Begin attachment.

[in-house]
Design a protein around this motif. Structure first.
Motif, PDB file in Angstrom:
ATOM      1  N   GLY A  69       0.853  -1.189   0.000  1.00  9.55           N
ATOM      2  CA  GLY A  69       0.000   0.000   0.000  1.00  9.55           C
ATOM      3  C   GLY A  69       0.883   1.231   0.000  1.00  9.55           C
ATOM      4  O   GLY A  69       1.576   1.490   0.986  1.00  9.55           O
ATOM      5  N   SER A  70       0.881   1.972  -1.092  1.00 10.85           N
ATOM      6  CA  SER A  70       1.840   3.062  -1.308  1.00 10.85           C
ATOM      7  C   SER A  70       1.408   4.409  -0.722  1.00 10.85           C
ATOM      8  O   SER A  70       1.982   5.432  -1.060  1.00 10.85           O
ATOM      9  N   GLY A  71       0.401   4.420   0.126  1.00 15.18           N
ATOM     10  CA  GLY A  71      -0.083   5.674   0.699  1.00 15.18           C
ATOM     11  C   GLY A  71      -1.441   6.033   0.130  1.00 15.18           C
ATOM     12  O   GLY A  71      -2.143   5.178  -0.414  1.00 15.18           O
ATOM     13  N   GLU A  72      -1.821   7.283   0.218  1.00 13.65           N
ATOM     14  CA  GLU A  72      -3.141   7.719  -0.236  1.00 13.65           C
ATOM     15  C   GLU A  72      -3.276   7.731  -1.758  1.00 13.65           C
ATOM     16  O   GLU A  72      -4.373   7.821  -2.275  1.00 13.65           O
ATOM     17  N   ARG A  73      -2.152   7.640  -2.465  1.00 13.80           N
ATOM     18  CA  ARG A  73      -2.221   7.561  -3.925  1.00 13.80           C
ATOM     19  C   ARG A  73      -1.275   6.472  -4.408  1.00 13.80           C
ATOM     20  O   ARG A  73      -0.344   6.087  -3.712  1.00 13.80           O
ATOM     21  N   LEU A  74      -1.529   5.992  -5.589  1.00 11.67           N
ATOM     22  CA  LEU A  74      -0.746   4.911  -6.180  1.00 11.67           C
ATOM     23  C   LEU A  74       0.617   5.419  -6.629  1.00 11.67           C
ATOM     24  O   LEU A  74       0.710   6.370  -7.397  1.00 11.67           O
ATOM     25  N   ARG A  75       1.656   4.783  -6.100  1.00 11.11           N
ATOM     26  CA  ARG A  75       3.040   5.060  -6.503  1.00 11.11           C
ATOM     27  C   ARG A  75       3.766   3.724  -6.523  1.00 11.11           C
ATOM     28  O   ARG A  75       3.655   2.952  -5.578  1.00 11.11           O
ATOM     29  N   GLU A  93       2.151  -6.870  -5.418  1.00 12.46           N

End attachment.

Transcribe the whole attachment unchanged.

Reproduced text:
[in-house]
Design a protein around this motif. Structure first.
Motif, PDB file in Angstrom:
ATOM      1  N   GLY A  69       0.853  -1.189   0.000  1.00  9.55           N
ATOM      2  CA  GLY A  69       0.000   0.000   0.000  1.00  9.55           C
ATOM      3  C   GLY A  69       0.883   1.231   0.000  1.00  9.55           C
ATOM      4  O   GLY A  69       1.576   1.490   0.986  1.00  9.55           O
ATOM      5  N   SER A  70       0.881   1.972  -1.092  1.00 10.85           N
ATOM      6  CA  SER A  70       1.840   3.062  -1.308  1.00 10.85           C
ATOM      7  C   SER A  70       1.408   4.409  -0.722  1.00 10.85           C
ATOM      8  O   SER A  70       1.982   5.432  -1.060  1.00 10.85           O
ATOM      9  N   GLY A  71       0.401   4.420   0.126  1.00 15.18           N
ATOM     10  CA  GLY A  71      -0.083   5.674   0.699  1.00 15.18           C
ATOM     11  C   GLY A  71      -1.441   6.033   0.130  1.00 15.18           C
ATOM     12  O   GLY A  71      -2.143   5.178  -0.414  1.00 15.18           O
ATOM     13  N   GLU A  72      -1.821   7.283   0.218  1.00 13.65           N
ATOM     14  CA  GLU A  72      -3.141   7.719  -0.236  1.00 13.65           C
ATOM     15  C   GLU A  72      -3.276   7.731  -1.758  1.00 13.65           C
ATOM     16  O   GLU A  72      -4.373   7.821  -2.275  1.00 13.65           O
ATOM     17  N   ARG A  73      -2.152   7.640  -2.465  1.00 13.80           N
ATOM     18  CA  ARG A  73      -2.221   7.561  -3.925  1.00 13.80           C
ATOM     19  C   ARG A  73      -1.275   6.472  -4.408  1.00 13.80           C
ATOM     20  O   ARG A  73      -0.344   6.087  -3.712  1.00 13.80           O
ATOM     21  N   LEU A  74      -1.529   5.992  -5.589  1.00 11.67           N
ATOM     22  CA  LEU A  74      -0.746   4.911  -6.180  1.00 11.67           C
ATOM     23  C   LEU A  74       0.617   5.419  -6.629  1.00 11.67           C
ATOM     24  O   LEU A  74       0.710   6.370  -7.397  1.00 11.67           O
ATOM     25  N   ARG A  75       1.656   4.783  -6.100  1.00 11.11           N
ATOM     26  CA  ARG A  75       3.040   5.060  -6.503  1.00 11.11           C
ATOM     27  C   ARG A  75       3.766   3.724  -6.523  1.00 11.11           C
ATOM     28  O   ARG A  75       3.655   2.952  -5.578  1.00 11.11           O
ATOM     29  N   GLU A  93       2.151  -6.870  -5.418  1.00 12.46           N